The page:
• Franziskaner-Leist-Bräu-Märzenbier (Schottenhamel)
  • Pschorrbräu-Märzenbier (Brau-Rosl)
  • Augustiner-Märzenbier (Augustiner-Burg)
  • Unionsbräu Märzen-Bier (Bude 2)
  • Bürgerbräu Märzenbier (Bude 1)
  • Bürgerbräu Lagerbier (Bude 1)

1926

  • Augustiner Märzen-Bier (Fischer-Vroni)
  • Wagner-Bräu Oktoberfest-Märzen (Wagner-Bräu-Festhalle)
  • Paulaner Märzen (Winzerer Fähndl)
  • Thomasbräu Hell-Urtyp (Winzerer Fähndl)
  • Franziskaner-Leistbräu (Schottenhamel)
  • Pschorrbräu-Märzenbier (Schützen-Cafe)
  • Schramm’s Fest-Weizenbier (Schützen-Cafe)
  • Löwenbräu (Löwenbräu-Festbude)

1929

  • Pschorrbräu-Märzenbier (Bräu-Rosl)
  • Spaten-Franziskaner-Leistbräu (Schottenhamel)
  • Paulaner-Märzen-Bier (Winzerer Fähndl)
  • Thomasbräu-Hell-Urtyp (Winzerer Fähndl)
  • Schneider & Sohn Wiesen-Edel-Weiße (Weißbräuhaus-Festhalle)
  • Löwenbräu (Löwenbräu-Festbude)
  • Wagnerbräu Oktoberfest-Märzen (Wagnerbräu-Festhalle)
  • Wagnerbräu Auer-Kirta-Bier (Wagnerbräu-Festhalle)
  • Augustiner Märzenbier (Augustiner-Bräu Festhalle)
  • Augustiner Edelstoff hell (Augustiner-Bräu Festhalle)

1932

  • Augustiner-Märzenbier (Augustiner-Festhalle)
  • Augustiner Edelstoff hell (Augustiner-Festhalle)
  • Wagnerbräu Oktoberfest-Märzen (Wagnerbräu-Festhalle, Schützenhalle Winzerer Fähndl)
  • Wagnerbräu Auer-Kirta-Bier (Wagnerbräu-Festhalle, Schützenhalle)
  • Wagnerbräu “Weißbier Münchener Weizengold” (Wagnerbräu-Festhalle)
  • Wagnerbräu helles Export (Schützenhalle Winzerer Fähndl)

1935

  • Augustiner-Märzenbier (Augustiner-Festhalle)
  • Augustiner Edelstoff-Hell (Augustiner-Festhalle)
  • Pschorrbräu-Märzen (Bräu-Rosl)
  • Pschorrbräu Edelhell (Bräu-Rosl)
  • Spaten-Franziskaner-Leistbräu Wiesen-Märzen (Schottenhamel)
  • Löwenbräu-Märzen (Löwenbräu)
  • Löwenbräu Hellquell-Export (Löwenbräu)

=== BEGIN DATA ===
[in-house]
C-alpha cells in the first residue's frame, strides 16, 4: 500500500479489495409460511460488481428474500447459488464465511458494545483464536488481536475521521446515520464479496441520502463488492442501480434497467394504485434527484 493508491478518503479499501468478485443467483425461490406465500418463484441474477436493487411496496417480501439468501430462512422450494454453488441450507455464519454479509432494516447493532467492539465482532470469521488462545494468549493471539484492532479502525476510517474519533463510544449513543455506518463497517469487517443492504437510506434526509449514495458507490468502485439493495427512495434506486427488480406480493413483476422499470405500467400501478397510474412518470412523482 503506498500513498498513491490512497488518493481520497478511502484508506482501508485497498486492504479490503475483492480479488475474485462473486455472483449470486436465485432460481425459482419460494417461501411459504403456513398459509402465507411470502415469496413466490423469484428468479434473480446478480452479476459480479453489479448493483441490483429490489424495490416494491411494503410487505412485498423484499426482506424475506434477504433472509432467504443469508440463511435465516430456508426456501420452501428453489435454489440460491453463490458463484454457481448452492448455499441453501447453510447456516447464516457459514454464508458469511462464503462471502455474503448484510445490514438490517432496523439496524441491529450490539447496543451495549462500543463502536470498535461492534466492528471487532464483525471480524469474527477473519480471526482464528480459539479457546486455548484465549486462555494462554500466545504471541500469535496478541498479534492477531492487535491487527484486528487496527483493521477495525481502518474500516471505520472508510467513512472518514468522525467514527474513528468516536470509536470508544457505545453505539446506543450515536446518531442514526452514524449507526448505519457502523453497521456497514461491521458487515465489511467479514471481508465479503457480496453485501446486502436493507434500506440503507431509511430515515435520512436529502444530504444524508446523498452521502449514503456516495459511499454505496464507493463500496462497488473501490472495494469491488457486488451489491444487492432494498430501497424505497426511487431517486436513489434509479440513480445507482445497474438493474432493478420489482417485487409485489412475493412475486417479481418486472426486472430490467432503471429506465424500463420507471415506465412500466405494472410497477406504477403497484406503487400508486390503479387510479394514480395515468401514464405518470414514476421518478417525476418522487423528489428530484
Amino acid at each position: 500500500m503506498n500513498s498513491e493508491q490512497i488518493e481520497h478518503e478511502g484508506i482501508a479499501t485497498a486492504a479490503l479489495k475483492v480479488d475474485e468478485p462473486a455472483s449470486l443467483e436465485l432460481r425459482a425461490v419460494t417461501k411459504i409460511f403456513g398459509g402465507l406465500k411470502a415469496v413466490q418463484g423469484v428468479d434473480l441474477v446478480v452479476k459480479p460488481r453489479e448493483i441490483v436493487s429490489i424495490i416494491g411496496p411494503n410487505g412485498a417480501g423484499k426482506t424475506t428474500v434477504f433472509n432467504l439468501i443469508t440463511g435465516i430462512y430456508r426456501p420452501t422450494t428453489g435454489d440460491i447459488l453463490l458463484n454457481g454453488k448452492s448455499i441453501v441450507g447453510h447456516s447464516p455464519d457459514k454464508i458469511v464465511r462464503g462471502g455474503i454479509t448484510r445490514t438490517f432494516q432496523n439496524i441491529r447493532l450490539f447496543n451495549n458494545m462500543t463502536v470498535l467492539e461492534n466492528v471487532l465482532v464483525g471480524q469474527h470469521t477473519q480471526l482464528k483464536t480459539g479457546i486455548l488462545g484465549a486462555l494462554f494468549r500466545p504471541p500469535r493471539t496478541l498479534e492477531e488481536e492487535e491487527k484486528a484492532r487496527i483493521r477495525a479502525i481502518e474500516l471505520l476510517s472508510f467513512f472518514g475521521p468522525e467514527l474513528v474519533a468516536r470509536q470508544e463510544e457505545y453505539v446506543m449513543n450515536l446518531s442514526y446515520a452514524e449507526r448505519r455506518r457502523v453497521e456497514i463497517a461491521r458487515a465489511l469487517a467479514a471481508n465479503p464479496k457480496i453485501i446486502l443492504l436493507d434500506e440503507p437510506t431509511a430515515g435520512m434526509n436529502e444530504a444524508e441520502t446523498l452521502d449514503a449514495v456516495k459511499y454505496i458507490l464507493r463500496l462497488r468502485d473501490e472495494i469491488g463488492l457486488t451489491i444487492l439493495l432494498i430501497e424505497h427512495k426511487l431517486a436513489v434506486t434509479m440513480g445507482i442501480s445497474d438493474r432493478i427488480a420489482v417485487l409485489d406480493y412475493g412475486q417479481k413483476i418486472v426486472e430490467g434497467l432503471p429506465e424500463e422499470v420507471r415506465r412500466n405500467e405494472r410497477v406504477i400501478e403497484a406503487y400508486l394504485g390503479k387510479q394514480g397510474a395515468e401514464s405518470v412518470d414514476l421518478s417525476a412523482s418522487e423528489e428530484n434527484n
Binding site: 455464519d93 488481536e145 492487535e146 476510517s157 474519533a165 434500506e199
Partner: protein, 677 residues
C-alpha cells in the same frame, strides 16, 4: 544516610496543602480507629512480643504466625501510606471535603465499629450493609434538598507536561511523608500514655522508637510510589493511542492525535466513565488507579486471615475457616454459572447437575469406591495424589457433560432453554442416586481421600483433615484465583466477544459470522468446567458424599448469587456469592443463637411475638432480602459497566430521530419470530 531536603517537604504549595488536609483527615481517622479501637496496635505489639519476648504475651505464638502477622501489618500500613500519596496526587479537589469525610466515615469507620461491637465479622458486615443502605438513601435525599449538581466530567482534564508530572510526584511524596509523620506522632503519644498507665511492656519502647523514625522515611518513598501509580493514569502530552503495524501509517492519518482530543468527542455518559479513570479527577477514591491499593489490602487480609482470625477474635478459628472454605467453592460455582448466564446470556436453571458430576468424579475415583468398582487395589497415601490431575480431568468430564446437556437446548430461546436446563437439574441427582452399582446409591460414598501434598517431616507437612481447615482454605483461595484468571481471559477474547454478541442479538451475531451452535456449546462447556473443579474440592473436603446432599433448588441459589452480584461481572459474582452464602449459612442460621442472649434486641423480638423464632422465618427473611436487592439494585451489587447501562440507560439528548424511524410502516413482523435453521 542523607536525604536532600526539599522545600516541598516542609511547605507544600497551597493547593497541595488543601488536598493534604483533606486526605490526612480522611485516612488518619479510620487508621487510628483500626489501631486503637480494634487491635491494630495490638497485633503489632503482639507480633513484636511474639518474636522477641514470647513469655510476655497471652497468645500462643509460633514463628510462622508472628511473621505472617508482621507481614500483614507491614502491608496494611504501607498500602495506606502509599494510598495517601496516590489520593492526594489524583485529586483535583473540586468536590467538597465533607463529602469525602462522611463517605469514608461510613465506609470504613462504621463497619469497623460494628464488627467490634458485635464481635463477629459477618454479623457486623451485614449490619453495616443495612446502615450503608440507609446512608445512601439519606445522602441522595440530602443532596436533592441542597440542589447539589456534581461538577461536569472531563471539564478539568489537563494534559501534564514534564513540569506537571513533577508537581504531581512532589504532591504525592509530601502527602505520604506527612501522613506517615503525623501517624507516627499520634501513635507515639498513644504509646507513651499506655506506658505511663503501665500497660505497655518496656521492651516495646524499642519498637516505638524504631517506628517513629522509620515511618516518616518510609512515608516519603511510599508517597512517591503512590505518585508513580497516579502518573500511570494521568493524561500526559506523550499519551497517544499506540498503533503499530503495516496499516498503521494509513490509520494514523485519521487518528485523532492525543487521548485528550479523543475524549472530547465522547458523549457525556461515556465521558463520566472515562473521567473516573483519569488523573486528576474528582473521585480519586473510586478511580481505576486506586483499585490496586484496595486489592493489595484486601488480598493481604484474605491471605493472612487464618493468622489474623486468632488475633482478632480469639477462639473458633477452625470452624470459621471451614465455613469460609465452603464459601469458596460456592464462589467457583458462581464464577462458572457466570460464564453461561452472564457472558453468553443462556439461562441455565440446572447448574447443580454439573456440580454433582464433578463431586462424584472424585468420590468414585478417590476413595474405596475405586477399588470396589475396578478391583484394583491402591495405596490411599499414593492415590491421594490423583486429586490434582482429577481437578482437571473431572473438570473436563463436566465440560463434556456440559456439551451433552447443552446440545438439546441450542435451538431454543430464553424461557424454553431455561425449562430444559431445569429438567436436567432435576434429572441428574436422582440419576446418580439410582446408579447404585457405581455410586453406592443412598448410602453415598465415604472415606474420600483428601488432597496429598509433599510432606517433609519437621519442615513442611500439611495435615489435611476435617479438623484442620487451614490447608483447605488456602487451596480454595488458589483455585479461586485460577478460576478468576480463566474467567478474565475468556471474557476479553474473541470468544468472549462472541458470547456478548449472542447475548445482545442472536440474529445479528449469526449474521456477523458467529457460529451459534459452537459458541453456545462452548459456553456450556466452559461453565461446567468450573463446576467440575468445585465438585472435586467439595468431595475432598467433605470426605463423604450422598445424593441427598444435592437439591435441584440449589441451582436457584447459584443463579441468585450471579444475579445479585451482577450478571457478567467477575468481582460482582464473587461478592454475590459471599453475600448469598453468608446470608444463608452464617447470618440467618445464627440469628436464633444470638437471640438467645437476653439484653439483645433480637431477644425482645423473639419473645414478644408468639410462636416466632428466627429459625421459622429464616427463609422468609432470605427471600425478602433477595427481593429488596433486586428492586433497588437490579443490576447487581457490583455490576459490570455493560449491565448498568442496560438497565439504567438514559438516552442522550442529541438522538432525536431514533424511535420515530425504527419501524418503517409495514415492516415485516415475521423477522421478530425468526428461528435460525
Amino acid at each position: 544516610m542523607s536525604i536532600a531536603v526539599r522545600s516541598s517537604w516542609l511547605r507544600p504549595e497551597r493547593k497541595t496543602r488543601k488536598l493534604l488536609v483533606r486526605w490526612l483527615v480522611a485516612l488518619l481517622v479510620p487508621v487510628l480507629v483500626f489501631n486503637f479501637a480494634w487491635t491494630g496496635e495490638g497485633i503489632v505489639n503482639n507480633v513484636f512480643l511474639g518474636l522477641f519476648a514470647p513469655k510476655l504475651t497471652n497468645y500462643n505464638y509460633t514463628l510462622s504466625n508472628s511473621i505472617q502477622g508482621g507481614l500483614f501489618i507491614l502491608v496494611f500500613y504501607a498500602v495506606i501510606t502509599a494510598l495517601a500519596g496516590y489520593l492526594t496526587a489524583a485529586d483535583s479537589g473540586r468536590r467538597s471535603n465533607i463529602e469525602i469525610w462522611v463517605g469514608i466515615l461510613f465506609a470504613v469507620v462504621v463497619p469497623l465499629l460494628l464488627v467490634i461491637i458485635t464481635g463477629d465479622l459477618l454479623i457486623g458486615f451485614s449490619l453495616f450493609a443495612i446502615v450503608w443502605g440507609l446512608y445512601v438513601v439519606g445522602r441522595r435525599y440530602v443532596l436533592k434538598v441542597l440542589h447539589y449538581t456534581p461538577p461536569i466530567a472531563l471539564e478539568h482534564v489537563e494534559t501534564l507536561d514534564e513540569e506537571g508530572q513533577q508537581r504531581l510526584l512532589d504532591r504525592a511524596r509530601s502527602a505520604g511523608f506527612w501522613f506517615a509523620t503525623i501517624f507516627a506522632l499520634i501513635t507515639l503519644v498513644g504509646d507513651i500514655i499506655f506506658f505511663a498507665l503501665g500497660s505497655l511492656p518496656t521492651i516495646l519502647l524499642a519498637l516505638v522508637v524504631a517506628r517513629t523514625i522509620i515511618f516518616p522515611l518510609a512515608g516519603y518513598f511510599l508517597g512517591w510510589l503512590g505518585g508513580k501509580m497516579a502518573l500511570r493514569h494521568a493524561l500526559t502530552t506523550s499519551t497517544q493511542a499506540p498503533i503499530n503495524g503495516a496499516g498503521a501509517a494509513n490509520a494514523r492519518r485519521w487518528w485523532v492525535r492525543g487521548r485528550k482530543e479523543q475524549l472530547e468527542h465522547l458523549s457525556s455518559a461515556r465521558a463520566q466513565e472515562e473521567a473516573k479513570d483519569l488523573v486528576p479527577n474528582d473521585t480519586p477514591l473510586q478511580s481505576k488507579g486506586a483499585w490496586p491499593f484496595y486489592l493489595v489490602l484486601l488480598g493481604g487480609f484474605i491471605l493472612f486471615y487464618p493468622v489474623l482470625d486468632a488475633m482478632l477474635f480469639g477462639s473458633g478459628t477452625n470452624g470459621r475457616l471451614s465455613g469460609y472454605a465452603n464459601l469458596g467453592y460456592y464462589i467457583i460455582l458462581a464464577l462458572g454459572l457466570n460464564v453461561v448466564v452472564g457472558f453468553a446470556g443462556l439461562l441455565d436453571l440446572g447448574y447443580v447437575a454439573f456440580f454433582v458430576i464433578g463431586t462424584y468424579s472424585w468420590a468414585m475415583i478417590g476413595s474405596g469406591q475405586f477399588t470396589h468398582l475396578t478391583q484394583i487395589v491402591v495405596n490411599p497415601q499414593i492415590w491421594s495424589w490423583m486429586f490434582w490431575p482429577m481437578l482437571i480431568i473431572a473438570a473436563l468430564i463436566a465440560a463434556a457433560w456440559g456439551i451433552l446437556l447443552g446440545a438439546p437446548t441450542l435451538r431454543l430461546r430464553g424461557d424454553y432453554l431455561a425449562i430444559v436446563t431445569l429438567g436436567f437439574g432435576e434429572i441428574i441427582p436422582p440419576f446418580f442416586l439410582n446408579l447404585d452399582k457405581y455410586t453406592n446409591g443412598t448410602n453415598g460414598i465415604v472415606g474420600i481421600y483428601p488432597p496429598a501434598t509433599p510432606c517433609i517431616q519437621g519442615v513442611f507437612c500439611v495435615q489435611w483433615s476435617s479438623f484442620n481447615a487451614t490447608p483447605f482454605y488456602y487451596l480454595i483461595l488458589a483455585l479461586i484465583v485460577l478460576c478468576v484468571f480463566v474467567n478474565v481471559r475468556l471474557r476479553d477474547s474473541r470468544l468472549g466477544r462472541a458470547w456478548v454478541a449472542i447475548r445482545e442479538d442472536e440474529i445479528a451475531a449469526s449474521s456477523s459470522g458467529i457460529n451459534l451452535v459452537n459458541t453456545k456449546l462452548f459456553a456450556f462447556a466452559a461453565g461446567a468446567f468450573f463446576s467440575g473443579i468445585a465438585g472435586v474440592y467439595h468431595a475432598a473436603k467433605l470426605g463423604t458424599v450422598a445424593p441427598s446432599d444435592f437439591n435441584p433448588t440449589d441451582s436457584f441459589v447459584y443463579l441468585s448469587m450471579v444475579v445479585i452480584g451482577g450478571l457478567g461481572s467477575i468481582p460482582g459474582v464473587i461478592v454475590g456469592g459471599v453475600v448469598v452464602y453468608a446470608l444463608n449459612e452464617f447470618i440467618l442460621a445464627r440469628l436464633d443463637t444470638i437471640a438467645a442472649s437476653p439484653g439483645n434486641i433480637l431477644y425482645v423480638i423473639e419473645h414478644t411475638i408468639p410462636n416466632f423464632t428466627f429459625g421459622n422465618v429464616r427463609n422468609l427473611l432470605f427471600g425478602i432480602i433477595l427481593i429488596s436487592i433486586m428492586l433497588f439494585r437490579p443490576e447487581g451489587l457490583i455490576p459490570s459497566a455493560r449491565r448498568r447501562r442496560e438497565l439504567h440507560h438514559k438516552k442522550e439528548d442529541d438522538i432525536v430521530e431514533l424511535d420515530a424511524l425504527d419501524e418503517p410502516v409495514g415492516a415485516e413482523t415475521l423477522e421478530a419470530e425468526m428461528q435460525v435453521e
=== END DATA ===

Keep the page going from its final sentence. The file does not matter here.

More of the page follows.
• Paulaner-Märzen (Winzerer Fähndl)
  • Thomasbräu-Hell-Urtyp (Winzerer Fähndl)
  • Wagnerbräu Oktoberfest-Märzenbier (Wagnerbräu, Fischer Vroni)
  • Wagnerbräu Auer-Kirta-Bier (Wagnerbräu, Fischer Vroni)

1936

  • Paulaner Märzen (Winzerer Fähndl)
  • Thomasbräu Hell Urtyp (Winzerer Fähndl)
  • Spatenbräu-Leistbräu Urmärzen (Schottenhamel)
  • Augustiner-Märzenbier (Augustiner)
  • Augustiner Edelstoff-Hell (Augustiner)
  • Wagnerbräu Oktoberfest-Märzenbier (Wagnerbräu)
  • Wagnerbräu Auer-Kirta-Bier (Wagnerbräu)
  • Löwenbräu-Märzen (Löwenbräu)
  • Löwenbräu Hellquell-Export (Löwenbräu)
  • Pschorrbräu-Märzen (Bräurosl)
  • Pschorrbräu Edelhell (Bräurosl)

Beer at the Oktoberfest, 120 years ago

This is my short and quick contribution to Session 127. After Boak and Bailey asked me about my expectations of Festbier, I thought I should leave a few notes what beer was served at the Oktoberfest in the 19th century.

The Oktoberfest didn’t start out as a beer festival. The first one was a wedding celebration of Bavarian Crown Prince Ludwig I. and Princess Therese in 1810. In the years after that, it became an annual fair where things like horse racing, prize shooting, and an agricultural fair were the main attractions. Eventually, beer was being served, and the whole beer drinking eventually took over. The agricultural fair still exists, but is scheduled to only take place once every four years.

The beer served was, as far as I could find out, regular “Sommerbier” (i.e. lager beer) as it was consumed elsewhere in the city. In 1872, Michael Schottenhamel procured a 16° Vienna-style Märzen brewed at Franziskaner-Leistbräu, which eventually got established as the regular beer at Oktoberfest. But it was not the only beer being served at the Fest, as we know from festival programme advertising of that era.

In 1895, wheat beer from Schneider & Sohn was served, which was a novelty that year, as well as Märzenbier brewed at Klein-Schwechater Brauerei and imported from Vienna.
In 1896, beer from Bürgerliches Brauhaus Budweis was served at the Oktoberfest. The brewery was at that time a purveyour to the court of the King of Württemberg.

Some breweries, like Thomasbräu, served both a Pilsner and a Märzenbier.

Most of the other local breweries, like Franziskaner-Leistbräu, Pschorr, Hacker, Spaten, and Löwenbräu, only served a single type of beer, Märzen.

All in all, the variety of beer available at the Oktoberfest back then was not only greater in number, it was also more diverse in available beer styles, and more international. More like what you’d expect from a proper beer festival.